Lodewijk van den Berg, who became 1st Dutch-born astronaut, dies at 90

Payload specialist Lodewijk van den Berg enters the tunnel leading from space shuttle Challenger's mid-deck to the Spacelab module during the STS-51B mission in May 1985.
Payload specialist Lodewijk van den Berg enters the tunnel leading from space shuttle Challenger's mid-deck to the Spacelab module during the STS-51B mission in May 1985. (Image credit: NASA)

Lodewijk van den Berg, who studied crystal growth aboard the space shuttle Challenger as the first Dutch-born astronaut, has died at the age of 90.

Van den Berg's death on Sunday (Oct. 16) (opens in new tab) was reported online (opens in new tab) by the Association of Space Explorers, the professional organization for astronauts and cosmonauts.

Van den Berg did not set out to be an astronaut. Then a 53-year-old chemical engineer, his path into space came as a result of NASA inviting commercial and research organizations to fly experiments aboard the space shuttle. Specifically, NASA was preparing to fly the Vapor Crystal Growth System, a payload designed by van den Berg and his colleagues at EG&G Energy Measurements of Goleta, California, to advance the preparation of crystalline materials.

The 137-hour experiment, which involved the growth of a mercuric iodide crystal, required that someone monitor the crystal's progress from on board the shuttle.

"NASA decided at some point that it was more cost effective to train a scientist [who] knows the ins and outs of crystal growth to become an astronaut then it is to take an astronaut and try to train that person in all the classical science and so on," said van den Berg in a 2011 TEDx Talk (opens in new tab) delivered in the western Netherlands city of Delft.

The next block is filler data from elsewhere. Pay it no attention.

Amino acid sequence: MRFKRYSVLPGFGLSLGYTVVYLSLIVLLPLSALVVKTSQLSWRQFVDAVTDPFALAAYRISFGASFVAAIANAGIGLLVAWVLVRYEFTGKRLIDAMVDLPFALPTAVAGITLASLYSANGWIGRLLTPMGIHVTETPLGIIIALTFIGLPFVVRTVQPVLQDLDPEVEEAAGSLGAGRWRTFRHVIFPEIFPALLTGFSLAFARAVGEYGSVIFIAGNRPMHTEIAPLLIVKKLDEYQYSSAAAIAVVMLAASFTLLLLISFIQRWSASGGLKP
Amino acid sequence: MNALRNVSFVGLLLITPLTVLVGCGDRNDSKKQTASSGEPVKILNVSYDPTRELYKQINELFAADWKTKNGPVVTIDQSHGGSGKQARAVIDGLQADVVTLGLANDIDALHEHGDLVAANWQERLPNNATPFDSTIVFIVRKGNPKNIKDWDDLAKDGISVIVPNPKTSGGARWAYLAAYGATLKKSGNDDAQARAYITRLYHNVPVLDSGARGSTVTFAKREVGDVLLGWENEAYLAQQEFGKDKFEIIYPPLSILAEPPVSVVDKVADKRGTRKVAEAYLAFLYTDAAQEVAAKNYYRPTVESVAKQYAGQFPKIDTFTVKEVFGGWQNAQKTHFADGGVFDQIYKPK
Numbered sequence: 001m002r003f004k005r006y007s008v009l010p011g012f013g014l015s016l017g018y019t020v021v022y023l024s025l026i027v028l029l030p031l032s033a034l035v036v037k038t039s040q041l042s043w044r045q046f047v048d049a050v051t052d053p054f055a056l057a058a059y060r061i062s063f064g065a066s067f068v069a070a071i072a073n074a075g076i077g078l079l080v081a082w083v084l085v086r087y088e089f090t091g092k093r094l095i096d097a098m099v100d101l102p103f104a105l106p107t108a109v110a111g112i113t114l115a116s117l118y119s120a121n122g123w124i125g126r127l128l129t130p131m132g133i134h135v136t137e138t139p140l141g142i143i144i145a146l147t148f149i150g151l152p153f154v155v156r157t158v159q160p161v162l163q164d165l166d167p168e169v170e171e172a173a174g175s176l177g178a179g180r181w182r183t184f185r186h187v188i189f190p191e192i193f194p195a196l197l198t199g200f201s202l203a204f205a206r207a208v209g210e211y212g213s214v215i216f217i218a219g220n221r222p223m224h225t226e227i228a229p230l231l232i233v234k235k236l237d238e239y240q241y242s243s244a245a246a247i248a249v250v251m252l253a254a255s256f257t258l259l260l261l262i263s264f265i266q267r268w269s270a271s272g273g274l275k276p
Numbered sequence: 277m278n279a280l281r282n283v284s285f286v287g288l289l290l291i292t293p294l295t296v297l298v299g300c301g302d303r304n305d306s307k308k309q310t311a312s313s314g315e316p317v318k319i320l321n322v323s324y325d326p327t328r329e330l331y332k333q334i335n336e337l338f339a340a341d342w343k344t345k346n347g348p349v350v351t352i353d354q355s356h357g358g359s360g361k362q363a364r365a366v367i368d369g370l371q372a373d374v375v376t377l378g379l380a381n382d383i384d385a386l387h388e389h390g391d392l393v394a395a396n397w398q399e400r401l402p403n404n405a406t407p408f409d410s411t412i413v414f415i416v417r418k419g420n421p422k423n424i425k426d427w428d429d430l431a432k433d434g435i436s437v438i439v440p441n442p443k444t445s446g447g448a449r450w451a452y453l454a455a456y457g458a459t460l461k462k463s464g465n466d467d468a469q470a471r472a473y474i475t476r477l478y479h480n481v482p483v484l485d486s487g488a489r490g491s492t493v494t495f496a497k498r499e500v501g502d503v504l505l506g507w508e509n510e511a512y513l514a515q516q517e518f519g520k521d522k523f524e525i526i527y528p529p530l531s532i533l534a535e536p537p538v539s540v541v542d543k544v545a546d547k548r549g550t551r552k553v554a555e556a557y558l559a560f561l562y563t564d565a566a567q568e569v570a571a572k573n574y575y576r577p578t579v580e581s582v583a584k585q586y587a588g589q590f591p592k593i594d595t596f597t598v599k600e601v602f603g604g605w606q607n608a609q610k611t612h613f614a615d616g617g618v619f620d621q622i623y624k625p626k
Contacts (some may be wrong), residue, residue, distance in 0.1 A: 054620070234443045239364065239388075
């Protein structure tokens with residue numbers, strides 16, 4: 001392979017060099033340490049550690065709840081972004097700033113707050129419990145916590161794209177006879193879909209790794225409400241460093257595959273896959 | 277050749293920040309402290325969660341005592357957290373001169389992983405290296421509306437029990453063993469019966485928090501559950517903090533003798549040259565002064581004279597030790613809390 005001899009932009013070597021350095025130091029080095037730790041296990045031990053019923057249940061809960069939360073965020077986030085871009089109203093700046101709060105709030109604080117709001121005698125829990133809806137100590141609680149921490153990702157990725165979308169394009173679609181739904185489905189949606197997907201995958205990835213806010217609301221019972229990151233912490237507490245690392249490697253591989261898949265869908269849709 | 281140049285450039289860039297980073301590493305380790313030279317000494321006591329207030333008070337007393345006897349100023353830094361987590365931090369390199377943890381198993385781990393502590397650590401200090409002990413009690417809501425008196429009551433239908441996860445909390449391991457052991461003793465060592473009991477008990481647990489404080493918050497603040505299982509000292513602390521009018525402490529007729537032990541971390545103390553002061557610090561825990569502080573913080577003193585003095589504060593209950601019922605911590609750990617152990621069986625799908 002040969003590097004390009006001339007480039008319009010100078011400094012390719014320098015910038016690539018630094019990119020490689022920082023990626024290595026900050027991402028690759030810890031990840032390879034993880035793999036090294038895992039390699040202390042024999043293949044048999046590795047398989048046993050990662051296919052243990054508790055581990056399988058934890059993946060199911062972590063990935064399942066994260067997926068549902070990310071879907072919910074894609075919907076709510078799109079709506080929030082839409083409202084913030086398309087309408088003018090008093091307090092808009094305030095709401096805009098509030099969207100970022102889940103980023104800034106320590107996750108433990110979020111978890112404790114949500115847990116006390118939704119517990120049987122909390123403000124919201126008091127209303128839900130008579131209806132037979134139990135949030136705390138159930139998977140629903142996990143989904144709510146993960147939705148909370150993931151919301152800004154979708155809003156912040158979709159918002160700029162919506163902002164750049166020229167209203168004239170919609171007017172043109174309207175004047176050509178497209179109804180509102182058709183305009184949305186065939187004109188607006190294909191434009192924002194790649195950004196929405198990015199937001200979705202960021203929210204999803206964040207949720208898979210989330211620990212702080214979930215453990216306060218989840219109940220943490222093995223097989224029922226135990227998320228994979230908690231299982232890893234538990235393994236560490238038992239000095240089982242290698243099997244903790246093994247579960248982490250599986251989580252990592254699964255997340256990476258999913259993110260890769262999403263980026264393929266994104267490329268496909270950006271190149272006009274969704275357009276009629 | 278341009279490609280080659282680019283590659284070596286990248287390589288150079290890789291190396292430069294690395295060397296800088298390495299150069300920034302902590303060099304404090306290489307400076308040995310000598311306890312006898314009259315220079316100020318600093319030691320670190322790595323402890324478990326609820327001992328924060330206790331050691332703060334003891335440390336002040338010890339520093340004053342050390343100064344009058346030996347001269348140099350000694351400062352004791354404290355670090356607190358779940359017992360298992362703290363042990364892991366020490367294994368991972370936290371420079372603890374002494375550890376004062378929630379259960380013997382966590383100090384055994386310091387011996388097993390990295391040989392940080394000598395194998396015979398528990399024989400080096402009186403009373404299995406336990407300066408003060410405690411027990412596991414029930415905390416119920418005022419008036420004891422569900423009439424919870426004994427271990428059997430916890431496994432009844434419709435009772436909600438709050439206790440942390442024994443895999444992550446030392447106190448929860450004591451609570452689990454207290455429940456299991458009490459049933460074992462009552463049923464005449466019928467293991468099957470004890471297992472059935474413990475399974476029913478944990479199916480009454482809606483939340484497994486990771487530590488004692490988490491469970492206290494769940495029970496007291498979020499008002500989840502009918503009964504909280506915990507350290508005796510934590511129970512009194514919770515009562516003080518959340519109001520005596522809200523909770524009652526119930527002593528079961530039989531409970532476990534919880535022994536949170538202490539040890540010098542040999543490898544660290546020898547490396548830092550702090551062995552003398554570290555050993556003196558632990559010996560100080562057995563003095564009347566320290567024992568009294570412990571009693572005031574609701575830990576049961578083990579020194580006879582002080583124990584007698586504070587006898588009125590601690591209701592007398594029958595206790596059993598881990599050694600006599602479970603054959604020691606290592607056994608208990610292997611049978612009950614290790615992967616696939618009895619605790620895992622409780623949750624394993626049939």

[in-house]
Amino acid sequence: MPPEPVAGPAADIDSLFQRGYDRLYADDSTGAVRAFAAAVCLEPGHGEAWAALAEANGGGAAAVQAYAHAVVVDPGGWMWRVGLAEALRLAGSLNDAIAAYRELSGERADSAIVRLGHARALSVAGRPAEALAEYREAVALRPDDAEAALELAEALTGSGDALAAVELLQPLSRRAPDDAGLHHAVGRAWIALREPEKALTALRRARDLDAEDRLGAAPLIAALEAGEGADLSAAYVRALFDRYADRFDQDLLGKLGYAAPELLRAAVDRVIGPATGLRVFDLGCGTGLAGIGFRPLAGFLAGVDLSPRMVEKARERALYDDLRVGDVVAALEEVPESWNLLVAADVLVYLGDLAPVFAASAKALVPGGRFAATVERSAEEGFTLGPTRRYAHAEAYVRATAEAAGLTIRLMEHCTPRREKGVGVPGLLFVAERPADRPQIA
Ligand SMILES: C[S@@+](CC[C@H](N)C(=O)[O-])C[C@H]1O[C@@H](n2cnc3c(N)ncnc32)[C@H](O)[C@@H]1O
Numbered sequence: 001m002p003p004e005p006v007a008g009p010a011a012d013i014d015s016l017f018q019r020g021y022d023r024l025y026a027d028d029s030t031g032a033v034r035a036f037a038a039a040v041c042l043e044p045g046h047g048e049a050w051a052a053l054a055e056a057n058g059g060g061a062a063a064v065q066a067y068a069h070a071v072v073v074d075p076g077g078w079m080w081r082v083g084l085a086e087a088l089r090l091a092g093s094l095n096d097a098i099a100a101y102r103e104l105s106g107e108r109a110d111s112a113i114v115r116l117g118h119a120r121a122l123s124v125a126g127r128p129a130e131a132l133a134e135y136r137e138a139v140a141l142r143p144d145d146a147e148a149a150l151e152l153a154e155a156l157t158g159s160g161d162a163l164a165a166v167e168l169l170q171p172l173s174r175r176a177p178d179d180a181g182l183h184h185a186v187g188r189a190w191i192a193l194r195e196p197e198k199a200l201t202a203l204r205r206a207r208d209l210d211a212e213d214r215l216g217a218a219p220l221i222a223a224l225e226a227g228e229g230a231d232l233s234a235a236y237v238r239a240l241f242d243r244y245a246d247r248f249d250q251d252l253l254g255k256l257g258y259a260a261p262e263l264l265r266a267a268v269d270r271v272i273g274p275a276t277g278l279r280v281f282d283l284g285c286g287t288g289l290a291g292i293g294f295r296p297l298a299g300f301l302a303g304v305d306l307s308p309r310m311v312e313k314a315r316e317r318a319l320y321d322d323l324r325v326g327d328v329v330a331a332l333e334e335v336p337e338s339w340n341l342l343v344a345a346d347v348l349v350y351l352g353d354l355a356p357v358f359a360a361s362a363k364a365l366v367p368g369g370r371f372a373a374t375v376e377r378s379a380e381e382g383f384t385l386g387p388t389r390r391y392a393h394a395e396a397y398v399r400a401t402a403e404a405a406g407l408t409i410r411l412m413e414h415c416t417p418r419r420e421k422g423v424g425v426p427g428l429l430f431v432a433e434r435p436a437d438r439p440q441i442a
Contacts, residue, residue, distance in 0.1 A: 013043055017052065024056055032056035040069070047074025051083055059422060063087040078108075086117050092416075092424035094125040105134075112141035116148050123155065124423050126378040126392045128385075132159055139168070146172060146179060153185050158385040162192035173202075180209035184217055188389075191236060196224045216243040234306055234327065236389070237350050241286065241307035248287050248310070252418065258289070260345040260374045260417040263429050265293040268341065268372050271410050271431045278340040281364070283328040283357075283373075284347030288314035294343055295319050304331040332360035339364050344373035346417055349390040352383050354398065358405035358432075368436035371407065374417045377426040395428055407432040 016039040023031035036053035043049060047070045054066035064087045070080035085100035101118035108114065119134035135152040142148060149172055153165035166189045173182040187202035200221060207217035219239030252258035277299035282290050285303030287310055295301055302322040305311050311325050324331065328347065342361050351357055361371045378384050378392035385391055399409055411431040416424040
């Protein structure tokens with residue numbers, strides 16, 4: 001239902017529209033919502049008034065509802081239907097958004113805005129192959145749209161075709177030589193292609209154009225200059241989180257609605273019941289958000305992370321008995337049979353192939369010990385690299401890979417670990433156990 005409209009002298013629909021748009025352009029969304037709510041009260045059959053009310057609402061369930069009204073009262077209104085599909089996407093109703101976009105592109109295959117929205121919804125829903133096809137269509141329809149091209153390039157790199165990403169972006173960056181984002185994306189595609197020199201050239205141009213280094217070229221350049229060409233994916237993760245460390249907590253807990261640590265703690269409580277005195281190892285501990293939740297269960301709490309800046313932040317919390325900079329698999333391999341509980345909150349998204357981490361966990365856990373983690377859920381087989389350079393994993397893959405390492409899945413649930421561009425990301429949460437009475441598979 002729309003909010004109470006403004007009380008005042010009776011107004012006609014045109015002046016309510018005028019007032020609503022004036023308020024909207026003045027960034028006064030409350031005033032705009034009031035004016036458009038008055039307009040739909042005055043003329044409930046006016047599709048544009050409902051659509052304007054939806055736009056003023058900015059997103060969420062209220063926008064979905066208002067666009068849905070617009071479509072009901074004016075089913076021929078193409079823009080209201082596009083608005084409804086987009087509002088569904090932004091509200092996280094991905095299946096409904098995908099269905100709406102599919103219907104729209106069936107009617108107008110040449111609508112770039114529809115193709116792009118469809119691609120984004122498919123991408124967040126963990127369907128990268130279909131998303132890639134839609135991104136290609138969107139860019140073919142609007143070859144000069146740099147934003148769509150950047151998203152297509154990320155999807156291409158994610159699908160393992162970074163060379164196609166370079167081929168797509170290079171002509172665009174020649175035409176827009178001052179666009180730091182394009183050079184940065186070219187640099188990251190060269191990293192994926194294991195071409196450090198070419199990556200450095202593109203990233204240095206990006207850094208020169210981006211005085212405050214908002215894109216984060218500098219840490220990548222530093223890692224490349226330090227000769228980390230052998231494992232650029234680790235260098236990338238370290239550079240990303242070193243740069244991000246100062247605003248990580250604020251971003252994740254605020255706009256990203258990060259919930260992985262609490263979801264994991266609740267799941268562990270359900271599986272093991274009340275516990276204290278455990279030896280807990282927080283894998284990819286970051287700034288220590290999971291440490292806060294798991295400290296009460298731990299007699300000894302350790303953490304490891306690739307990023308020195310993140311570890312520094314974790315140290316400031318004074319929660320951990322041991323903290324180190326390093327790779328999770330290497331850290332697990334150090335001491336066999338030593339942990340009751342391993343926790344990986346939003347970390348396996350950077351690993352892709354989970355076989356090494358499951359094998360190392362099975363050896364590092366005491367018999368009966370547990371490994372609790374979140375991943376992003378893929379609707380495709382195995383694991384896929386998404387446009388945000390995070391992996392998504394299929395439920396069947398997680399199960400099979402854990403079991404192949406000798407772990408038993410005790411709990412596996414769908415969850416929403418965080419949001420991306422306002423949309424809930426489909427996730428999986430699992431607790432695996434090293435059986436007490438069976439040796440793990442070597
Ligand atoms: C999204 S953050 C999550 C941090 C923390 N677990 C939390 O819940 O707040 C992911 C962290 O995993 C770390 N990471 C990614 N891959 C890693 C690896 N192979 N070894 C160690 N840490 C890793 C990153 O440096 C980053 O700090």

Related: NASA's space shuttle program in pictures

NASA portrait of payload specialist Lodewijk van den Berg.

NASA portrait of payload specialist Lodewijk van den Berg. (Image credit: NASA)

NASA solicited EG&G for a list of candidates to fly with the experiment. Somewhat as a joke, the lab's chief added van den Berg to the list.

"NASA comes and says, 'Are you interested in doing that?' And in the beginning, you say, 'Oh, why not?' Let me put in my hat in with the group that they are going to select from [but] I am so old and I have bad eyes and so with this or the first selection step, I'm out," said van den Berg. "At least it makes a good impression on NASA that I'm interested."

Only van den Berg was not eliminated. Even after undergoing a very thorough physical exam, he was still in the running and ultimately became NASA's prime choice to fly as payload specialist.

On April 29, 1985, van den Berg lifted off as a member of the STS-51B crew flying on the space shuttle Challenger. The flight marked the first launch of a fully operational Spacelab science module as provided by the European Space Agency (ESA) and the seven-person crew split into two shifts to work around the clock.

Van den Berg was a member of the "Silver" team, working alongside mission specialist Norm Thagard and pilot Fred Gregory. The "Gold" team, who took over as van den Berg and his team mates slept, included mission specialists Don Lind (opens in new tab) and Bill Thornton (opens in new tab), payload specialist Taylor Wang and commander Bob Overmyer.

STS-51B payload specialist Lodewijk van den Berg observes the growth of mercuric iodide crystal in the vapor crystal growth system inside the Spacelab module on space shuttle Challenger.

STS-51B payload specialist Lodewijk van den Berg observes the growth of mercuric iodide crystal in the vapor crystal growth system inside the Spacelab module on space shuttle Challenger. (Image credit: NASA)

Eager to see the effects that microgravity had on crystal growth, van den Berg was able to put aside whatever concerns he had of launching on the shuttle.